Happy New Year!
Unfortunately, the New Year feels a little like Groundhog Day as find ourselves in a very familiar place – in the middle of a precipitously increasing COVID-19 surge. While the variant may have a different name, we’re dealing with many of the same challenges – in some cases, worse than last winter’s deadly Delta surge.
For almost two years, the relentless battle to fight COVID-19 has strained our hospital workforce like never before. This is a national challenge – health care employment is down approximately 450,000 workers, and it is projected to worsen. Workforce shortages have been the top issue since the beginning of the pandemic; however, the infectious Omicron variant has resulted in a growing number of health care professionals becoming infected or exposed to the virus resulting in unprecedented staff call outs. There is also increased demand for non-COVID-19 health care services such as flu treatment and now-urgent procedures that were put on hold earlier in the pandemic.
Hospitals in our region are seeing patients presenting to the emergency department to get tested, evaluated, and treated for COVID-19 alongside non-COVID-19-related illnesses. In many cases, the emergency department is not the most appropriate setting for less acute conditions and testing. In an effort to educate the community on where to seek care, HASC and CHA have worked to inform the public through a social media toolkit. Messaging and creative assets have been distributed to hospital communications leads throughout the region to amplify this important messaging.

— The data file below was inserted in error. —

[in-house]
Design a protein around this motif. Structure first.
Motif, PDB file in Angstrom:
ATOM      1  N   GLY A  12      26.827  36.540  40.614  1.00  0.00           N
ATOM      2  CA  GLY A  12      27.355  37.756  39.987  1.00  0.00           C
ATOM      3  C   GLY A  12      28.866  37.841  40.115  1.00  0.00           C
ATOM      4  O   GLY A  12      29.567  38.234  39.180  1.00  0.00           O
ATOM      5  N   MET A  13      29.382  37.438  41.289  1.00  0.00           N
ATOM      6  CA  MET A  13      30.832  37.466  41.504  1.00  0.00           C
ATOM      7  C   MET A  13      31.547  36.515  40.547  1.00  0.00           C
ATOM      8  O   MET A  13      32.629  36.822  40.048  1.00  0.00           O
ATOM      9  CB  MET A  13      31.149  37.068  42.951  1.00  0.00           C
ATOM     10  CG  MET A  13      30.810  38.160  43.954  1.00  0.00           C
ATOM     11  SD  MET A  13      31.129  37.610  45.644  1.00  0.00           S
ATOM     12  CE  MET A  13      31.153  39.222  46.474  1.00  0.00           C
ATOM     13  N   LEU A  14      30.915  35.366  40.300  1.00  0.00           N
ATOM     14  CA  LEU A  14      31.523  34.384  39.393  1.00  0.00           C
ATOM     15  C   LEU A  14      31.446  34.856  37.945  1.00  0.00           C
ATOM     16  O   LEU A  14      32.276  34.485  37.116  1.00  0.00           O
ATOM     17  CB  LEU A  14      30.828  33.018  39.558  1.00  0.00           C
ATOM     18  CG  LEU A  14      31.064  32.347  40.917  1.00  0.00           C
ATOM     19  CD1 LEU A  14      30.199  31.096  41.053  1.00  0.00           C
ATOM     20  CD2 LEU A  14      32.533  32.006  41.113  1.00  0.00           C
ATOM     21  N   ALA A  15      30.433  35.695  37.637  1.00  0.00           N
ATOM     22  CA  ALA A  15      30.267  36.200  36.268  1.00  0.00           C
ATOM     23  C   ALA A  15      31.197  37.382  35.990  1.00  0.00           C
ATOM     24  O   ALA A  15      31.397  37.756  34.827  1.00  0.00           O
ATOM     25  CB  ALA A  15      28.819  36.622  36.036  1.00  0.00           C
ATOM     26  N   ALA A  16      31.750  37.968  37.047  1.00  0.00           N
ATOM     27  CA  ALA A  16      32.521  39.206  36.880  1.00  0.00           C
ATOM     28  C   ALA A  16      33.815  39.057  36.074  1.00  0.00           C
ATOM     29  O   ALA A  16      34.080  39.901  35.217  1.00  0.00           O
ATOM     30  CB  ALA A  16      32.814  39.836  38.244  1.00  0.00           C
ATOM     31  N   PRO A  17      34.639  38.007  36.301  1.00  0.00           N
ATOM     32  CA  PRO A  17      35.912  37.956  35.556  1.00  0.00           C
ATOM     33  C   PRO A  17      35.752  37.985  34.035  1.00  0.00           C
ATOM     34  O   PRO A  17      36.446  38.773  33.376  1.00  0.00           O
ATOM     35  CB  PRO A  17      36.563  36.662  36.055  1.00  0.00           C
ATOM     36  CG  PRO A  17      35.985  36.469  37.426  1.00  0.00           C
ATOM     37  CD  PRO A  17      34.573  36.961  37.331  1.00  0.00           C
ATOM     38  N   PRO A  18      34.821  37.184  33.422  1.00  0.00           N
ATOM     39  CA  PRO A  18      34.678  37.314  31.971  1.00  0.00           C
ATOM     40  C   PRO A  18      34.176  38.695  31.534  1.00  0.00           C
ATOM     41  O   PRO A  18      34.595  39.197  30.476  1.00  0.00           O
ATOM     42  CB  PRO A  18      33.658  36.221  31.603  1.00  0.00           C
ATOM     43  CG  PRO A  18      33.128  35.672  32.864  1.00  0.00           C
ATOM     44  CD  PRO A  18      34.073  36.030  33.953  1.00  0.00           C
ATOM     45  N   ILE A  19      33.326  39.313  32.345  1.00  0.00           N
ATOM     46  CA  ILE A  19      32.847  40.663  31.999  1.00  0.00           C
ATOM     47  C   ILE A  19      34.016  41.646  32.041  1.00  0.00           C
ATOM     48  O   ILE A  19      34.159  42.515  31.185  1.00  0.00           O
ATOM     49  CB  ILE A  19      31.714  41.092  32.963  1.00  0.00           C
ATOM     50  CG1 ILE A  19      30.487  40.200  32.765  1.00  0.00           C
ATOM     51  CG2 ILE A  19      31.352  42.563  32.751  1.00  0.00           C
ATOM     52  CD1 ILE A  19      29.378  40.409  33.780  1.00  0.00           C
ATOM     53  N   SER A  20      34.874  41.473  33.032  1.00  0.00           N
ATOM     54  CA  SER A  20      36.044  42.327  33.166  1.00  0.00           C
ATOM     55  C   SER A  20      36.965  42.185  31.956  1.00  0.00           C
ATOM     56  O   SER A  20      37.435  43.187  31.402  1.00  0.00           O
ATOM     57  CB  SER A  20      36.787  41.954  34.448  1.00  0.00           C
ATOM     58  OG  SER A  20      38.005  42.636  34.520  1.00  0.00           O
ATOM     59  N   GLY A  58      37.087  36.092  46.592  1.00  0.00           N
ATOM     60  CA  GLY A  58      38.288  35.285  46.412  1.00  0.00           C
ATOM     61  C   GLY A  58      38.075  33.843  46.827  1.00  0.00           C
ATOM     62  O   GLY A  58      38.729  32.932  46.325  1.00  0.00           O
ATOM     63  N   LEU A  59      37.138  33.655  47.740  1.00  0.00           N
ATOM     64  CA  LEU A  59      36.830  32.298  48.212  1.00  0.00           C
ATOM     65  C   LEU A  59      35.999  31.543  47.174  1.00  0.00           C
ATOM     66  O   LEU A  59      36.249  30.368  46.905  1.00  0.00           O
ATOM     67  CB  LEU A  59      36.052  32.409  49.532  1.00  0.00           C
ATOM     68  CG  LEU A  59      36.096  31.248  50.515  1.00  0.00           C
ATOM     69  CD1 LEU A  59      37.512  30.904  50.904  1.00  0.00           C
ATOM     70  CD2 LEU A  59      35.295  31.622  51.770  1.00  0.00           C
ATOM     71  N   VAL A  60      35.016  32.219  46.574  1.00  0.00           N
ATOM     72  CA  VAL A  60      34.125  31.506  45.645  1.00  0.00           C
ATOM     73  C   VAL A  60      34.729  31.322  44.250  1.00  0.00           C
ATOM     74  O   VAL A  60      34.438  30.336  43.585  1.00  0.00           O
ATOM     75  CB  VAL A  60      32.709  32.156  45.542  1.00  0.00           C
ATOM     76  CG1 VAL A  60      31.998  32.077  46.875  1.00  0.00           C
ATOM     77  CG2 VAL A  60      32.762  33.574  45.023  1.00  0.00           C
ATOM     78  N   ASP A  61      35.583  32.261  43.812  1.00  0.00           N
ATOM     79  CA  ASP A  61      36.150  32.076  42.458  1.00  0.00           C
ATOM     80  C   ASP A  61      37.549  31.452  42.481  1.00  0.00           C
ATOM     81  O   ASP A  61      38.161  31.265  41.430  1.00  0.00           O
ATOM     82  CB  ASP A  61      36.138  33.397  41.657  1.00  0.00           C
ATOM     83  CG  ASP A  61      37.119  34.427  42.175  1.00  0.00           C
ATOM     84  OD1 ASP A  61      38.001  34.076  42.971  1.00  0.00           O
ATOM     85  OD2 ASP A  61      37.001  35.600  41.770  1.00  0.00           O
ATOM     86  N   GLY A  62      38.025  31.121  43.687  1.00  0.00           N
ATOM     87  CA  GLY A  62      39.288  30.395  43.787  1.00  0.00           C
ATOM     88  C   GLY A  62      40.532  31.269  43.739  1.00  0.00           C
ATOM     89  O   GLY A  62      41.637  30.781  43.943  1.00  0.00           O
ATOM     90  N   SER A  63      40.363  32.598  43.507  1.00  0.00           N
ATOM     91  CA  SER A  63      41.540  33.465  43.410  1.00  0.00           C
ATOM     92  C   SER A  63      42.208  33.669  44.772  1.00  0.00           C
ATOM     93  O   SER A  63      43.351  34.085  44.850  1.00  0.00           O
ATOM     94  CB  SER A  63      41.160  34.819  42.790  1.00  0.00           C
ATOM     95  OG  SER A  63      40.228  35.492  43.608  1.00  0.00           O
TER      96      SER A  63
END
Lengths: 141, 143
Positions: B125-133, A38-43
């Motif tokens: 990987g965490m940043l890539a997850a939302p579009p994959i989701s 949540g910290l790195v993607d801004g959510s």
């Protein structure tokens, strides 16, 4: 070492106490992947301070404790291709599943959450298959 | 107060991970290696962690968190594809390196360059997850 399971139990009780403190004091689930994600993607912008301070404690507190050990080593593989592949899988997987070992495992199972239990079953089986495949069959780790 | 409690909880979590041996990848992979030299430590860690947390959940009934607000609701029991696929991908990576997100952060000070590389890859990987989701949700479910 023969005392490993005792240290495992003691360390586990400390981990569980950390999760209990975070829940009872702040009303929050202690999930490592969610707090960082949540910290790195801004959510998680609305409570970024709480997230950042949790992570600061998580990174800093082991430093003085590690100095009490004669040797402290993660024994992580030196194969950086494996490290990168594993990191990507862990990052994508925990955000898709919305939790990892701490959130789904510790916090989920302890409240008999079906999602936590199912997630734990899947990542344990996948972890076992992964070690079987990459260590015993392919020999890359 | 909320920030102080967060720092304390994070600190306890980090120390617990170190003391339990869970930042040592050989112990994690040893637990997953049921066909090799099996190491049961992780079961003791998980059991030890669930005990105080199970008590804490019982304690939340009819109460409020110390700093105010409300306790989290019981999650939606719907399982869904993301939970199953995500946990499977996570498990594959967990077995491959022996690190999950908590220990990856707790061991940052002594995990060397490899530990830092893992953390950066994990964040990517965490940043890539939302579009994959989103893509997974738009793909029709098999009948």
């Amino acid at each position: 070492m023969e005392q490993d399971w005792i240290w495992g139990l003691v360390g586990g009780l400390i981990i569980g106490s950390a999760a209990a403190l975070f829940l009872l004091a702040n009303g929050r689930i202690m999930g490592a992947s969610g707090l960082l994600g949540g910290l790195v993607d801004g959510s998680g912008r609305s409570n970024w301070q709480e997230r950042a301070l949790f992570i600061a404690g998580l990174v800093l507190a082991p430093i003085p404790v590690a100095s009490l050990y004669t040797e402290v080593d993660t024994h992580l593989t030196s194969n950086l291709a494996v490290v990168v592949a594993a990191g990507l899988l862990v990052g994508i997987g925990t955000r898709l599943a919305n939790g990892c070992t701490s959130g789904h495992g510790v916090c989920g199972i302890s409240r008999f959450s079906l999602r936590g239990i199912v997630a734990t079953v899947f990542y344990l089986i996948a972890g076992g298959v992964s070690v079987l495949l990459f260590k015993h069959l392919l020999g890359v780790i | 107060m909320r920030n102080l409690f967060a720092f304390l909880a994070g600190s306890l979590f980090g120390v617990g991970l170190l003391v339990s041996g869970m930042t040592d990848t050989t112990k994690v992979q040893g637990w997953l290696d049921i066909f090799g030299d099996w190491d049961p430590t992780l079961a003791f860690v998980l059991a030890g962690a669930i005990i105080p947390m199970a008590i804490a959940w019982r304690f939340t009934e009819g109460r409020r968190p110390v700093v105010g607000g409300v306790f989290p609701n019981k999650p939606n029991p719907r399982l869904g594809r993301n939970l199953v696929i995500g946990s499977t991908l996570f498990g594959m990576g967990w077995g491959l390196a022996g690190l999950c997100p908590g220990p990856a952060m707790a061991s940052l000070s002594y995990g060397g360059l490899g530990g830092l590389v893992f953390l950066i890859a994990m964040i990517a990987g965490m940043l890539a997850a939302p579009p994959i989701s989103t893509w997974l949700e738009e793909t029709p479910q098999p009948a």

The longstanding issue of Ambulance Patient Offload Delays (APOD) has created pressures in various Southern California counties. Often, this issue is inaccurately characterized as a hospital problem; however, that viewpoint fails to recognize the true complexity of the issue and the wide range of contributing factors at play – many of which have plagued the entire health care delivery system for decades. The failure to recognize the systemic and persistent issues is an oversimplification of an-already-deficient system that is only exacerbated by pandemic-induced strains. At the local level, HASC continues to educate EMS agencies and leaders about the interlinked causes of APOD and the current headwinds faced by our hospitals. I am also serving on a statewide APOD committee with other key stakeholders, including state representatives, to represent the HASC region’s interests on this issue. We also continue to strongly oppose penalties or fees imposed on hospitals. Collectively, we all share a common goal – to provide the highest quality of care to the communities we serve.
Looking ahead, I’d like end on an optimistic and hopeful note by encouraging you and your leadership teams to attend our in-person 2022 Annual Meeting at the Park Hyatt Aviara in Carlsbad, May 16-18. I believe that our hospital leaders will enjoy the fellowship, learning, and comradery that our Annual Meeting provides. We look forward to being on the other side of this surge and in your company celebrating our community and your commitment to caring.
Thank you for all that you continue to do.
Take care and stay safe.